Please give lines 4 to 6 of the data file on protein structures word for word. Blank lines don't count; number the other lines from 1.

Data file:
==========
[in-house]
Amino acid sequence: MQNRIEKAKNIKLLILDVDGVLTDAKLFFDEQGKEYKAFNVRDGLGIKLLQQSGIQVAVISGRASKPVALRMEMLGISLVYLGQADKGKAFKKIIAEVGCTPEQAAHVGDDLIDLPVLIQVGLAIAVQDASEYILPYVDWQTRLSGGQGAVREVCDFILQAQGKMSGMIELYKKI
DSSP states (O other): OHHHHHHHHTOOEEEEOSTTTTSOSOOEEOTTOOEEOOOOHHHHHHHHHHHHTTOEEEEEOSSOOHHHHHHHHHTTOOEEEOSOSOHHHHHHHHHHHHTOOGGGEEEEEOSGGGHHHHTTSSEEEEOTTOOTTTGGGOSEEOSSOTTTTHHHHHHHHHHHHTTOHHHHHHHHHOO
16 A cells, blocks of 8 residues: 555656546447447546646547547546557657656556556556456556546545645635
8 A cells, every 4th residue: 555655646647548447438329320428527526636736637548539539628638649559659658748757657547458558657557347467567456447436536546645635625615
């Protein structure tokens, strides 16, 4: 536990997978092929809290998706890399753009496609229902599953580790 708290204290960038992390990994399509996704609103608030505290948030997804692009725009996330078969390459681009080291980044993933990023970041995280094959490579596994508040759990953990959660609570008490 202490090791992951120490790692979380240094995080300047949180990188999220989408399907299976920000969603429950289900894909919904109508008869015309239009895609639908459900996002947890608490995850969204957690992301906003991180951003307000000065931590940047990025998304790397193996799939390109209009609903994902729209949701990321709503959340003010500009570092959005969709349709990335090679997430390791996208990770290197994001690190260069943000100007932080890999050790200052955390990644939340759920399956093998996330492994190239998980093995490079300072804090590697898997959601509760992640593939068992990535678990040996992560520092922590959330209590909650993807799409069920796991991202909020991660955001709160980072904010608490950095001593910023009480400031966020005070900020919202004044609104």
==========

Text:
16 A cells, blocks of 8 residues: 555656546447447546646547547546557657656556556556456556546545645635
8 A cells, every 4th residue: 555655646647548447438329320428527526636736637548539539628638649559659658748757657547458558657557347467567456447436536546645635625615
């Protein structure tokens, strides 16, 4: 536990997978092929809290998706890399753009496609229902599953580790 708290204290960038992390990994399509996704609103608030505290948030997804692009725009996330078969390459681009080291980044993933990023970041995280094959490579596994508040759990953990959660609570008490 202490090791992951120490790692979380240094995080300047949180990188999220989408399907299976920000969603429950289900894909919904109508008869015309239009895609639908459900996002947890608490995850969204957690992301906003991180951003307000000065931590940047990025998304790397193996799939390109209009609903994902729209949701990321709503959340003010500009570092959005969709349709990335090679997430390791996208990770290197994001690190260069943000100007932080890999050790200052955390990644939340759920399956093998996330492994190239998980093995490079300072804090590697898997959601509760992640593939068992990535678990040996992560520092922590959330209590909650993807799409069920796991991202909020991660955001709160980072904010608490950095001593910023009480400031966020005070900020919202004044609104």